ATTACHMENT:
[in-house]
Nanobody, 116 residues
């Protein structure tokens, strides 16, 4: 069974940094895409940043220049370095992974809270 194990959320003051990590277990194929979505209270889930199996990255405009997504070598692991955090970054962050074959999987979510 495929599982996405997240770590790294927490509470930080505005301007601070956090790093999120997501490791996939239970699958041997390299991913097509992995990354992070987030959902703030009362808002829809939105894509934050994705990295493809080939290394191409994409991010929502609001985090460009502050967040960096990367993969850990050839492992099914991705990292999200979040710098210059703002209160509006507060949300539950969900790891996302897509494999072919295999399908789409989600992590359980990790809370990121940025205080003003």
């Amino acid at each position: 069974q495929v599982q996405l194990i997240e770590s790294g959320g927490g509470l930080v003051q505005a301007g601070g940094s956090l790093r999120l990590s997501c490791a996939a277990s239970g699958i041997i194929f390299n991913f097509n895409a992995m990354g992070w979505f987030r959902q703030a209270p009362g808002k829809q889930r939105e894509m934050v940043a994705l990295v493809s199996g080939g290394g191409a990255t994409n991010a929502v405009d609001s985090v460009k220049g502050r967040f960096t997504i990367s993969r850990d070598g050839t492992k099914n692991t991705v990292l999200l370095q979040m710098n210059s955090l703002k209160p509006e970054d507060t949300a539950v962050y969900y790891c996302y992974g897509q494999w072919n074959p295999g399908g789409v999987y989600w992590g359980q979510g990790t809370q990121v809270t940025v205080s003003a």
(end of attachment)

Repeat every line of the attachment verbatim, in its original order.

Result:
[in-house]
Nanobody, 116 residues
């Protein structure tokens, strides 16, 4: 069974940094895409940043220049370095992974809270 194990959320003051990590277990194929979505209270889930199996990255405009997504070598692991955090970054962050074959999987979510 495929599982996405997240770590790294927490509470930080505005301007601070956090790093999120997501490791996939239970699958041997390299991913097509992995990354992070987030959902703030009362808002829809939105894509934050994705990295493809080939290394191409994409991010929502609001985090460009502050967040960096990367993969850990050839492992099914991705990292999200979040710098210059703002209160509006507060949300539950969900790891996302897509494999072919295999399908789409989600992590359980990790809370990121940025205080003003």
């Amino acid at each position: 069974q495929v599982q996405l194990i997240e770590s790294g959320g927490g509470l930080v003051q505005a301007g601070g940094s956090l790093r999120l990590s997501c490791a996939a277990s239970g699958i041997i194929f390299n991913f097509n895409a992995m990354g992070w979505f987030r959902q703030a209270p009362g808002k829809q889930r939105e894509m934050v940043a994705l990295v493809s199996g080939g290394g191409a990255t994409n991010a929502v405009d609001s985090v460009k220049g502050r967040f960096t997504i990367s993969r850990d070598g050839t492992k099914n692991t991705v990292l999200l370095q979040m710098n210059s955090l703002k209160p509006e970054d507060t949300a539950v962050y969900y790891c996302y992974g897509q494999w072919n074959p295999g399908g789409v999987y989600w992590g359980q979510g990790t809370q990121v809270t940025v205080s003003a």